Standard User Super user

Snap htop - standard user

Snap htop – Standard User

Snap htop - super user (via sudo) - see complete list of processes

Snap htop – Super User (via sudo)

As it is visible in the case of htop, by default when I run it, htop shows only processes where the owner is myself. This is not bad but it is different from traditional Linux distribution and so you need to get the habit to do `sudo htop` to see all processes, but take care you then run htop as super user, and htop allows you to kill processes, so be careful.

However, on Raspberry Pi (and probably other ARMv7 (aka armhf) platforms) there is a very limited amount of snap packages available yet. It is probably changing fast, but if you run today Ubuntu Core 16 you can’t install much snaps and need to rely on Docker containers for adding extra applications to the base system (more on that later, including its current limitations).

Basic system configuration absent

Let’s get back to the beginning and I mean by that right after the installation of Ubuntu Core upon first boot. I still had my keyboard and screen attached to it (and you need it in order to login with your Launchpad SSO login to create the first user). After the first boot, I was not offered the possibility to change the keyboard layout (I do not have a US layout) but at least on Ubuntu Core one can change it afterwards by editing the file `/etc/default/keyboard`, this feat is not possible on Atomic Host. Anyway, not such a big issue as I’m using my Raspberry Pi mostly (if not alway) via SSH then it does not matter anymore. Staying on the localization topic, both systems do not allow changing the locale (language, regional preferences, etc.). On Atomic Host it is set to US with the “peculiar” time and date format ;-) no offense! Similar fate on Ubuntu Core but they are using the C locale (which sadly for me also uses the US date/time format). Although I would anyway stick to the English language, I don’t like the regional choice and I don’t like the lack of choices here.

So let’s move back to an SSH connection, at least the keyboard layout is no longer an issue. But here comes the next one ;-) whenever I use SSH, the first thing I do is launch a new tmux session or attach to an existing one. I’m open to other solutions, so if the host only has screen or byobu, I’m also fine. However, Ubuntu Core for ARMv7 does not ship by default with any of them, nor are they any existing snap package. So there is no simple way (out of compiling from source and creating a snap package) to have safe SSH session.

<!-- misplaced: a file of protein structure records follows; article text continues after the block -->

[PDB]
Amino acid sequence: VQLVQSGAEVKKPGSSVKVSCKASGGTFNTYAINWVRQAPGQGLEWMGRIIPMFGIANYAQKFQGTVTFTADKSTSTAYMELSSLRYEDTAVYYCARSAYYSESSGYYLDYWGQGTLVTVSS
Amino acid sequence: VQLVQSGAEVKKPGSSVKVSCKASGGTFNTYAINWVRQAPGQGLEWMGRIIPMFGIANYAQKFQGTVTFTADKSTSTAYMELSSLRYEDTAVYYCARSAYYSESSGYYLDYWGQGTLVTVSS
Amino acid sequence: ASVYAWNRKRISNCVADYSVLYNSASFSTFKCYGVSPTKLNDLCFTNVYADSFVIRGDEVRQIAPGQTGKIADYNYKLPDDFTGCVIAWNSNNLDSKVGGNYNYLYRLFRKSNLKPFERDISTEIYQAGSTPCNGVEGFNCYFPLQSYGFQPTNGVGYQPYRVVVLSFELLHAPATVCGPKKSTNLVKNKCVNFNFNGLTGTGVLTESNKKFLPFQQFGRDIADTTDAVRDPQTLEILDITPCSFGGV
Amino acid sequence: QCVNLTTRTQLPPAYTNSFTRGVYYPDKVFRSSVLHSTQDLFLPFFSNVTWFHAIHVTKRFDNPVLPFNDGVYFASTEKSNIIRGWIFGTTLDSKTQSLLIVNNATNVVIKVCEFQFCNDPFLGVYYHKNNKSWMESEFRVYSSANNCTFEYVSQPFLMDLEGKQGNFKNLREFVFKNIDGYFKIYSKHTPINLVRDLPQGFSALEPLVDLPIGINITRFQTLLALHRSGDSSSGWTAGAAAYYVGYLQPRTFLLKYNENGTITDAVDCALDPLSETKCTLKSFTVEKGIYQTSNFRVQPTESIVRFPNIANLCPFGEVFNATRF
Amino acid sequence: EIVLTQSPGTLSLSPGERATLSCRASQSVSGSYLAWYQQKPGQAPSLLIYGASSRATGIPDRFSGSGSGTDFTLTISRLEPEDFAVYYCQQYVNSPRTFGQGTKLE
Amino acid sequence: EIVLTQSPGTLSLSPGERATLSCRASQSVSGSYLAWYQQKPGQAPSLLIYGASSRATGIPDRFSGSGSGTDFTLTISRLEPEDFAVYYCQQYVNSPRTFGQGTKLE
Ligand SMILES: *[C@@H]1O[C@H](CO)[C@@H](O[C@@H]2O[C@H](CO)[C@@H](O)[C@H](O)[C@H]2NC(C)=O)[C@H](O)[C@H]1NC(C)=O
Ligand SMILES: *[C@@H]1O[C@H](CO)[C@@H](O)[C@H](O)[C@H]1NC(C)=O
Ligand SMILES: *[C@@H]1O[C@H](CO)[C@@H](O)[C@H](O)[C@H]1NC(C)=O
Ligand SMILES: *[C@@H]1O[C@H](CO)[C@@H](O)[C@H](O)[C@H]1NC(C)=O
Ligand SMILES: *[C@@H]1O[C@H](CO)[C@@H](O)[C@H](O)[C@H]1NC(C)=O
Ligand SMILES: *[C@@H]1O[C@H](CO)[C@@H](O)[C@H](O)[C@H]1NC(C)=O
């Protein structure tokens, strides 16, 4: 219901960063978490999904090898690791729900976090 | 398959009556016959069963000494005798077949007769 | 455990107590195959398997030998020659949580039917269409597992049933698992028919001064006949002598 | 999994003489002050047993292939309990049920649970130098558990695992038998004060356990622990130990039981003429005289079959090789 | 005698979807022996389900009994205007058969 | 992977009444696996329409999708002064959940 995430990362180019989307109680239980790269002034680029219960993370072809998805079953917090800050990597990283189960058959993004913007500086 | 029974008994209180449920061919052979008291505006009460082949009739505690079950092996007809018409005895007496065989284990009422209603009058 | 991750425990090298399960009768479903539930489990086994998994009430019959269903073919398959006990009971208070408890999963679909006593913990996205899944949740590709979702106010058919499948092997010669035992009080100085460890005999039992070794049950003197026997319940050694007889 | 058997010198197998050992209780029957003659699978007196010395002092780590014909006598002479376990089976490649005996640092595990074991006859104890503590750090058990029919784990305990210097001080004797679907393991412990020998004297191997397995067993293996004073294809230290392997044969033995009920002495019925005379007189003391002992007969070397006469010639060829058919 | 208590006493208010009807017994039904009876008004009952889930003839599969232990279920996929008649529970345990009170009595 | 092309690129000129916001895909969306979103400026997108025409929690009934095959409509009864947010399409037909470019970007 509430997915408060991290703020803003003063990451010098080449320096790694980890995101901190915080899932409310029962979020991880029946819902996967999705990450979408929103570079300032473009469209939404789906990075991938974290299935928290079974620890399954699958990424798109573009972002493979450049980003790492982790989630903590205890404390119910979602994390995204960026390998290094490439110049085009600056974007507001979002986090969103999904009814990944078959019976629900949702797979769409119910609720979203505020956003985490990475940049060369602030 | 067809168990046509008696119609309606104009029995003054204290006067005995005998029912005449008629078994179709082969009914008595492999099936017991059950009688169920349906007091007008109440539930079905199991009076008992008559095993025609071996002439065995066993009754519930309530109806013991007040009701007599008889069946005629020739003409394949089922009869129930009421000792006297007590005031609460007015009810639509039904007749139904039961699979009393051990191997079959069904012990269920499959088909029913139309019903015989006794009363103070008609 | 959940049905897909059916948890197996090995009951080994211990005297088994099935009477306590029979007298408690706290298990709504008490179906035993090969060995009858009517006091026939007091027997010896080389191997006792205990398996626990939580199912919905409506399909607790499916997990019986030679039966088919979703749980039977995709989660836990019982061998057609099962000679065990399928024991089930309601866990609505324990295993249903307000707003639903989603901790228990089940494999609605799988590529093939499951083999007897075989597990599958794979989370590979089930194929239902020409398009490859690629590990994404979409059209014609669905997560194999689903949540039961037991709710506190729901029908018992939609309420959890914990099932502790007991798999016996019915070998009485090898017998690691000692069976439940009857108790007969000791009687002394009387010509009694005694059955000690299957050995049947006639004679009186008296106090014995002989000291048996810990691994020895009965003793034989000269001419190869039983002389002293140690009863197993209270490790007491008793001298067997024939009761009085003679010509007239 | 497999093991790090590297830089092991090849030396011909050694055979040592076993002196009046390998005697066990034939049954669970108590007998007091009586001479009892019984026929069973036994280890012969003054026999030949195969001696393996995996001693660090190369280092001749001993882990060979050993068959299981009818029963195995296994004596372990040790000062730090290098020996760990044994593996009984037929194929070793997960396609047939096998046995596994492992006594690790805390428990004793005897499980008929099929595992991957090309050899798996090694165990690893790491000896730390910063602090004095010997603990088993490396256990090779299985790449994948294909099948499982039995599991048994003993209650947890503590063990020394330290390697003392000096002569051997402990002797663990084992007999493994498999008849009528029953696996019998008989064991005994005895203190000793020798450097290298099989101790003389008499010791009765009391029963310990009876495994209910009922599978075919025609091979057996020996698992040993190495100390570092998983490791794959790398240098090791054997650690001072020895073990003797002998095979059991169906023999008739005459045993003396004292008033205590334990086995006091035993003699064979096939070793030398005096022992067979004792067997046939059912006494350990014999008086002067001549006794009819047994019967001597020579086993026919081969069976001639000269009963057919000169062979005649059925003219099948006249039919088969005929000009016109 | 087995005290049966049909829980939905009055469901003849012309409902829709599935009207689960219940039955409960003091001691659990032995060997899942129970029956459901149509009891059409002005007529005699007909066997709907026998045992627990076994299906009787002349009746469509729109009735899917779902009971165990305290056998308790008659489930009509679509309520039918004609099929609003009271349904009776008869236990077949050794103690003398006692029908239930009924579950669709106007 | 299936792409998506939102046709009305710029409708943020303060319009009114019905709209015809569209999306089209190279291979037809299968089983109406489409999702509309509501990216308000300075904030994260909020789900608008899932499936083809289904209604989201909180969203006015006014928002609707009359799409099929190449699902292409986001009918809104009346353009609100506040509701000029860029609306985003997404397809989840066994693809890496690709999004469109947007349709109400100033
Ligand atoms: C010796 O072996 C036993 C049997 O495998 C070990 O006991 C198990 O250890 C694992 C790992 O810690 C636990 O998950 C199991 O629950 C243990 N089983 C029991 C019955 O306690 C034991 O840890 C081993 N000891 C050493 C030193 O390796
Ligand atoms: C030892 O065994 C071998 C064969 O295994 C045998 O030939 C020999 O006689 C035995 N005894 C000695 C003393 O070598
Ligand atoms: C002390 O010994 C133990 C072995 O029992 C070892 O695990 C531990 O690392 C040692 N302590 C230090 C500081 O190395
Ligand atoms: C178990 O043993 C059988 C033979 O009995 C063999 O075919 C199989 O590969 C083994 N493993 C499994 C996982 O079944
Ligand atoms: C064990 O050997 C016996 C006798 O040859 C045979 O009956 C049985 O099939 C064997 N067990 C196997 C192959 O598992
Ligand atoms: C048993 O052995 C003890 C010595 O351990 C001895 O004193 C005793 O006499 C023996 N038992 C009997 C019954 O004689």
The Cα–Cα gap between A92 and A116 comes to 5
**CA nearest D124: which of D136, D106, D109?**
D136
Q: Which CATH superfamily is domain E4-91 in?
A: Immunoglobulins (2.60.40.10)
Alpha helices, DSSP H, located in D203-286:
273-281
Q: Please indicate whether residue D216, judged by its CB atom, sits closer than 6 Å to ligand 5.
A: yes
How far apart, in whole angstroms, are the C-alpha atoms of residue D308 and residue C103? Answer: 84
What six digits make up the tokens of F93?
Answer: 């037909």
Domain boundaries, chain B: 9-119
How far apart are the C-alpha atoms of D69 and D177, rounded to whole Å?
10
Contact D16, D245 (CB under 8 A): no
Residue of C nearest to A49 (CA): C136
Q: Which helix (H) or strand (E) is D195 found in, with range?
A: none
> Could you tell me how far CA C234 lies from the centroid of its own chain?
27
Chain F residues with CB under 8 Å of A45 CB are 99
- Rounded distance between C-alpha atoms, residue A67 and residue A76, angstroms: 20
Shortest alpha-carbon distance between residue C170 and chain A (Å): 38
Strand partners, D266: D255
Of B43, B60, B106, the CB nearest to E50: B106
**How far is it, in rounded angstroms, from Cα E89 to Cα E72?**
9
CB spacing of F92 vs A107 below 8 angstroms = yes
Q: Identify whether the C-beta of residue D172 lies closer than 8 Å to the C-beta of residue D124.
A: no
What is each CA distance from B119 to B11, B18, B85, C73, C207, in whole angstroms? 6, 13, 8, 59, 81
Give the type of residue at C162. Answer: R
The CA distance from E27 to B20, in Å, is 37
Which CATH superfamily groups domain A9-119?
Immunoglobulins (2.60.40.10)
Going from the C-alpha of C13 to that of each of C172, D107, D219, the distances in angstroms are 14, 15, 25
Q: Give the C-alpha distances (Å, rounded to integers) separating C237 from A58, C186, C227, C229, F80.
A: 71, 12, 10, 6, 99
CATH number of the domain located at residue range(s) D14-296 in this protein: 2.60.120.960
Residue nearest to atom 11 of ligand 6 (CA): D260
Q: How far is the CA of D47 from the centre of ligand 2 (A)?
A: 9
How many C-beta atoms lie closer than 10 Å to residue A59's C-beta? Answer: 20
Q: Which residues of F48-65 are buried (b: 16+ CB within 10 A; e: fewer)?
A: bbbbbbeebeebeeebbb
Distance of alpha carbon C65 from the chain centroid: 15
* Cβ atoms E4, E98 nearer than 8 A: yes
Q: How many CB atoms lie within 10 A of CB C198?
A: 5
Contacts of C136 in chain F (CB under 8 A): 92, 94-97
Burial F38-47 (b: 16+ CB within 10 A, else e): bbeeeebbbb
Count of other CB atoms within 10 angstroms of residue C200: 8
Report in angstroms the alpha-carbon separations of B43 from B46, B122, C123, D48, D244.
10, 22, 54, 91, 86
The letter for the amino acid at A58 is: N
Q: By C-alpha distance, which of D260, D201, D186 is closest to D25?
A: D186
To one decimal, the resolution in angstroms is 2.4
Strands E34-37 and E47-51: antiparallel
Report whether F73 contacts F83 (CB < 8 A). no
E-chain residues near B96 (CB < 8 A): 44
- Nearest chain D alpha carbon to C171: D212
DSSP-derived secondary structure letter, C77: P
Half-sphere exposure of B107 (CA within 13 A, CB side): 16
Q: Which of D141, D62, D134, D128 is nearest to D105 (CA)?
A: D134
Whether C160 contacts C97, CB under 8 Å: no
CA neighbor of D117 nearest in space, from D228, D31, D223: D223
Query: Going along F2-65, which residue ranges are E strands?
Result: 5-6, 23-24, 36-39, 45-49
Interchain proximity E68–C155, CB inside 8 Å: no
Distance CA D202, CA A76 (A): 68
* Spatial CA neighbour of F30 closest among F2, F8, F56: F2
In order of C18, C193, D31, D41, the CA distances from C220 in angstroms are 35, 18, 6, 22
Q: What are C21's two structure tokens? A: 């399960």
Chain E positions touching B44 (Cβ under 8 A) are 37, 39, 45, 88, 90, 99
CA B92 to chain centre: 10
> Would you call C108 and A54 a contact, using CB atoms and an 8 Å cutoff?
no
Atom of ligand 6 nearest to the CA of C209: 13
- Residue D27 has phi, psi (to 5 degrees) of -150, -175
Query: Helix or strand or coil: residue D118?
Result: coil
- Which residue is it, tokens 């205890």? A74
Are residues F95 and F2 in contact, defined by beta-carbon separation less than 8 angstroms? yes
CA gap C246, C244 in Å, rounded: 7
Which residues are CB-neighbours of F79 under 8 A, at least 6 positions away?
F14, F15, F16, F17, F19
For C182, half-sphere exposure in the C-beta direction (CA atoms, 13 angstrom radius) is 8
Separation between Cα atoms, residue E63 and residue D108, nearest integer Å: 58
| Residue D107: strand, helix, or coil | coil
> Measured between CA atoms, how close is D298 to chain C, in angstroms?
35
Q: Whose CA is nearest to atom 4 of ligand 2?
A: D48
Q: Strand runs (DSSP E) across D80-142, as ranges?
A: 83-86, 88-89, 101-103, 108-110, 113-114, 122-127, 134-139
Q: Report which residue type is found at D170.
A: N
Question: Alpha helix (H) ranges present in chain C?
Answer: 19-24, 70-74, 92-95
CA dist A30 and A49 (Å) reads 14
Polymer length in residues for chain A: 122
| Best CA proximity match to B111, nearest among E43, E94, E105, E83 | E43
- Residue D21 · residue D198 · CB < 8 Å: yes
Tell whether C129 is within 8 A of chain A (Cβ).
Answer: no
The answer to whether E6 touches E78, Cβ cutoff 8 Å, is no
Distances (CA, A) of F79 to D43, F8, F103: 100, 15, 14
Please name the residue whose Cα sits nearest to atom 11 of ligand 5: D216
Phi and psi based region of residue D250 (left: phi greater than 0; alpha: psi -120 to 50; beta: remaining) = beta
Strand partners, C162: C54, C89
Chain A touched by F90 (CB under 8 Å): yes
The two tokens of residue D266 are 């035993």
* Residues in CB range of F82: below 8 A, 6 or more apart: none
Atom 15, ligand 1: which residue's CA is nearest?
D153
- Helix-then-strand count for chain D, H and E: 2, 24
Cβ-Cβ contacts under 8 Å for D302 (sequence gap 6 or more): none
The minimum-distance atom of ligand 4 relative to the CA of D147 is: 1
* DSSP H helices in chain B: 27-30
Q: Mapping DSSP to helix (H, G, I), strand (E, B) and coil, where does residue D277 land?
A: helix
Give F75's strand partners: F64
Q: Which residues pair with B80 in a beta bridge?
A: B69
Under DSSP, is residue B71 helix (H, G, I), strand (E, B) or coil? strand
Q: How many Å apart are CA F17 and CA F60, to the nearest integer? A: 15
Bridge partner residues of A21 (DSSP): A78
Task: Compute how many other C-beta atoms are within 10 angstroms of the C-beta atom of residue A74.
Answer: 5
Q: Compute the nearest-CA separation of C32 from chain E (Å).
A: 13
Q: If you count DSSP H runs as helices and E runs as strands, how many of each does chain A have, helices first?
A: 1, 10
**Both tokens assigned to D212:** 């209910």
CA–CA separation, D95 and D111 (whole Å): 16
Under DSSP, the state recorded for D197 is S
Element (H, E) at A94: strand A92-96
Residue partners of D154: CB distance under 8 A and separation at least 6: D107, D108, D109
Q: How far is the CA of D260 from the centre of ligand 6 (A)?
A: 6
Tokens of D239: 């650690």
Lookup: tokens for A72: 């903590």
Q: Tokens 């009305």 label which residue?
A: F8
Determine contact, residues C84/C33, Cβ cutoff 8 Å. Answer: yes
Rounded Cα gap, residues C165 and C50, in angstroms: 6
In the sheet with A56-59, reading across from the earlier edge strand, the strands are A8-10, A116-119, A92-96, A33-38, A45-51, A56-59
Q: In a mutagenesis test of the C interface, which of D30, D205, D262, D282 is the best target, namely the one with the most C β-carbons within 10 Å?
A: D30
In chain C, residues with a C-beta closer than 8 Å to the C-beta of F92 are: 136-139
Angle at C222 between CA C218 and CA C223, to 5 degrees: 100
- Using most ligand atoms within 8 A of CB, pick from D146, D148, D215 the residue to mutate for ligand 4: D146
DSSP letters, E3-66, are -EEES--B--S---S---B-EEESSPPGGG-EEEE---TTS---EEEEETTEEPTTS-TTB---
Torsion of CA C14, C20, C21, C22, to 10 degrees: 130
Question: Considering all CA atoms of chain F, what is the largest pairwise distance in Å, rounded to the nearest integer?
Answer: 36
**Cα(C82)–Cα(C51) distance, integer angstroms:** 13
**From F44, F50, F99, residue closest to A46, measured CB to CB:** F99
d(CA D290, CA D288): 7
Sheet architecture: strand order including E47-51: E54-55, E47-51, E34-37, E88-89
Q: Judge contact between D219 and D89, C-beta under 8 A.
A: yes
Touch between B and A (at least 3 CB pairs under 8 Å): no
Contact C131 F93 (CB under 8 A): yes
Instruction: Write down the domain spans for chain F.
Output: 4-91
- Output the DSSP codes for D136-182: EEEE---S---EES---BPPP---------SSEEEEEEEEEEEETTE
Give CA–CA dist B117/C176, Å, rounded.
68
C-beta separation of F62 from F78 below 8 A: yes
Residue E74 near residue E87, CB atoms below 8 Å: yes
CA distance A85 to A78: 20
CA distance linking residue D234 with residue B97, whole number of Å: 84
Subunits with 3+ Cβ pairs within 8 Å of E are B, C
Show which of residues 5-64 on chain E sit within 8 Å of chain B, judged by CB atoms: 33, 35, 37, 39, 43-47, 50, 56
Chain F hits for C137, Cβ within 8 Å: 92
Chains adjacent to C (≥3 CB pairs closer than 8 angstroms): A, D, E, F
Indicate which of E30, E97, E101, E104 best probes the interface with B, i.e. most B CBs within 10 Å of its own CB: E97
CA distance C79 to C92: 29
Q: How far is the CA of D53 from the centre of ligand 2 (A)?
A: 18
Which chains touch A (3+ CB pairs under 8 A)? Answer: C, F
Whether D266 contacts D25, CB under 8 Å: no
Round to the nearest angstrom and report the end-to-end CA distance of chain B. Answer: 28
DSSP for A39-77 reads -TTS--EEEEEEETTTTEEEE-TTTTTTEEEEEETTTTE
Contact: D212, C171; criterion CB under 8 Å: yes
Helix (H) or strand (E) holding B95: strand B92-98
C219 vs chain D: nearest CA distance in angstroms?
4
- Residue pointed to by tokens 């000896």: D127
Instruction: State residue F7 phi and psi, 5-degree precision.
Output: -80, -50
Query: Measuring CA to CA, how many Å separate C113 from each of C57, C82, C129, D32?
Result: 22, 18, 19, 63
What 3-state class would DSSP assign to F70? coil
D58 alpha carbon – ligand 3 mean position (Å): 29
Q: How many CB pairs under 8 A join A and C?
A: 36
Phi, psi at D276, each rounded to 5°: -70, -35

Docker

Normally thanks to container technology, it is possible to install more or less everything I would need and with some clever alias it would seem much like a snap installation. So I just wanted to create a Dockerfile which reference Alpine Linux and install tmux and build the container using Docker. Not possible with Ubuntu Core and the Docker snap. According to the Docker snap information, I should be creating a folder under `$HOME/apps/docker/1.6.xxx` (eventhough Docker 1.11.2 was installed, weird), but it does NOT work. The AppArmor profile installed with Docker snap denies it. I’ve tried many different folders to no avail. This is not a misconfiguration of Ubuntu Core but rather one of the Docker snap packager, but the end result is that as a user Ubuntu Core on armhf is barely usable (lack of too many essential tool, no snap and cannot easily use Docker).

Other rough edges with Docker are that your default user does not belong to the Docker group, so you need to sudo every single Docker command. There is also no way to add yourself to the Docker group (as the group is defined in the standard file `/etc/group` which is on a read-only filesystem). Your default user is also not a real traditional user, it is an “extra user” (did not know this subtlety before this) so there are a bunch of things that are not compatible with it like you cannot launch a container to run as yourself (docker run -u $(whoami) ...) as you are not a standard user (no entry in `/etc/passwd`), you are an extra users (see in `/var/lib/extrausers/passwd`), but at least it would be possible to do it specifying your user ID (e.g. 1000)! This is all logic but “rough”. A corollary to the previous statements is that you cannot run Docker in user namespaces mode (unprivileged Docker container) as you cannot add yourself to the Docker group.

At least the Docker snap includes Docker Compose, that is cool. On Atomic Host, Docker is installed but not Docker Compose. As the file system is also read-only there is good way to install Docker Compose in a central place, it should be run within a container. At least on Atomic Host, it is very easy (as on standard Linux OS) to create Dockerfile and build them. So these limitations (of not having Docker Compose and some other tools) can be overcome with some efforts.

Final Try